Review: Race the Sun (PS4)

Race the Sun has had a long, mostly-successful life since its Kickstarter and Steam acceptance, and when it was released last year on PC I enjoyed it immensely.  Over time the game I reviewed evolved into something better, with new obstacles and course elements added to the mix and a community that pushed the level editor in unexpected and amazing ways, but the core idea Race the Sun built out from remained as solid and instantly captivating as ever.  Now it’s landed on PS4, not quite fully intact but with an exclusive mode that attempts to make up for the missing bits, and the sense of barely-controlled speed it even better on a big screen.

Race the Sun is an endless speeder where you’ve got a solar powered ship that has a vertical ground clearance of about three feet.  Thankfully the terrain is utterly flat, aside from the endless obstacles between you and the horizon.  The objective is to fly forever, but once the sun sinks you’re done.  The odds of seeing night are fairly low, however, because the ship is fast and the terrain cluttered with walls, hills, moving blocks, and many, many other hazards that will see your lovely ship turned into an impressive cloud of high-speed shrapnel.  You’ve got no brakes, the sun is sinking, and failure is one poorly-judged move away.  The only thing to do is obvious- fly faster!

Race the Sun
‘s sense of speed is hard to overstate.  The ground flashes by below while you zip far to close to walls as you’re tempted from the safety by the collectable tris scattered along the path.  Every five tri earns +1x to the bonus multiplier, so hitting a ramp and then carefully angling to land briefly on a wall between two boulders to collect the string of goodies on top is a tough risk to resist.  Other items along the course are the ever-useful boost, which is the only way to go fast enough to briefly reverse the sun’s descent, as well as jump and shield.  Jump is good for a single boost into the air, complete with a few seconds of flight time on the way down, and very useful for bypassing obstacles that you can’t otherwise avoid.  If that doesn’t work then shield is the only other possibility to avoid death, as it teleports you high into the air rather than leave you as a smoking blast-mark on the wall.  Boost is used automatically on pickup, jump can be saved for later, and shield auto-activates if you’re lucky enough to find one.  Use your items well, memorize the course as best you can, and you just might see a respectable spot on the day’s leaderboards.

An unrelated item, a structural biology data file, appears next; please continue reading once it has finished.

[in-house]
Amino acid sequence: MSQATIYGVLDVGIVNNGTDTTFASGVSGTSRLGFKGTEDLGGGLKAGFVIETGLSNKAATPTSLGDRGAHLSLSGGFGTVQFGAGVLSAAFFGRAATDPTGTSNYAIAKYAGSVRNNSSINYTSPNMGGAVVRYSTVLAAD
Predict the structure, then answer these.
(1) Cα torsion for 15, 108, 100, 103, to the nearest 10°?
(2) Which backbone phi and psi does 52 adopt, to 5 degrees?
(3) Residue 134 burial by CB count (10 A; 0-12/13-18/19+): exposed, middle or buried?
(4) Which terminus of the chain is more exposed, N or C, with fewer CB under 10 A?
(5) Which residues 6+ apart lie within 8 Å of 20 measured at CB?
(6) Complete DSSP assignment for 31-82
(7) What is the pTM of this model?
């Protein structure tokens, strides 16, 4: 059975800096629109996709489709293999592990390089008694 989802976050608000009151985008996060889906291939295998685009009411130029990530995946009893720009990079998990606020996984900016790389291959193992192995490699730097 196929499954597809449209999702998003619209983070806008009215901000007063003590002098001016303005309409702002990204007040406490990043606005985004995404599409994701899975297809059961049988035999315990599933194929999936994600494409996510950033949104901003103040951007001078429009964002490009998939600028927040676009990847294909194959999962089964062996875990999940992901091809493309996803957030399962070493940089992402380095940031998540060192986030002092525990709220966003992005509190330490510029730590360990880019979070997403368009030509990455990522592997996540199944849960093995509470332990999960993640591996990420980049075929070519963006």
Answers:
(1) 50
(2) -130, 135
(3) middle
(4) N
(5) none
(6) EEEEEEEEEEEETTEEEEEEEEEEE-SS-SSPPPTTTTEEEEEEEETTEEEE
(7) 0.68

Each leaderboard is only good for a single day, after which the course is reset in a brand-new configuration.  Race the Sun uses the “randomized from pre-built parts” method of design, which is always a good way to give endless variety to each new layout while retaining the hand-crafted feel.  Every day is a new world in each of the three game modes, and the competition for the top spot on their individual leaderboards is fierce.  Regular mode is open from the start, but you’ll need to earn the other two by leveling up the shipby accomplishing a variety of tasks such as perform a double-jump, complete a level while only turning right, collect a huge amount of tris, etc.  The first new mode to unlock is Apocalypse, which trades out the grey sky of the normal mode for an evil orange/yellow one and has an obstacle density to justify it.  Death is fast because the course is ridiculously tough, but it’s always fun to dive into the deep end of a challenge just to see how many seconds of survival you can manage.

The second mode is Labyrinth, which is currently exclusive to the PS4 version, and it changes the rules a bit.  Labyrinth pulls the camera back while also slowing the ship down, giving you a nice view into the distance and plenty of time to react.  The downside is that, as the name implies, it’s a labyrinth, with closer walls and trickier obstacles from the start.  A cube that moves one space in the direction that the arrow on top points doesn’t sound like much of a threat, but get three of them close together that you’ll need to figure out the best course through where they’ll be and it’s not quite so simple.  Labyrinth removes the time limit of the sun, replaced the tris with lightbulbs, and has an electrical theme throughout.  It’s also the only mode with an end, although it will take some major controller wizardry to reach it.  Labyrinth is a fun little addition to Race the Sun’s arsenal, and almost makes up for the missing level editor from the PC version.

Closing Comments:

Race the Sun was a load of good arcade-style fun on PC and the PS4 version is a near-perfect port.  The heart of the game made it intact and, while it’s a shame to be missing the player creations, the daily challenge is always worth returning to.  The stark world with its basic geometry seems far too simple to provide so much replayability, but it only takes a few tries crashing into walls, falling blocks, the rotating blades of a windmill, rolling rocks, slow-moving traffic, asteroids tumbling through the space of the Void, or any of the many, many other hazards to leave you wanting another run.  Restarting is instant, and every run is a chance to do better on the infinite plane of Race the Sun‘s high-speed thrill ride.  Every day is a new challenge, and with a bit of practice with the ship’s handling and familiarization with the set pieces that make up the world, maybe you can give the sun a run for its money.

4outof5Platform: PlayStation 4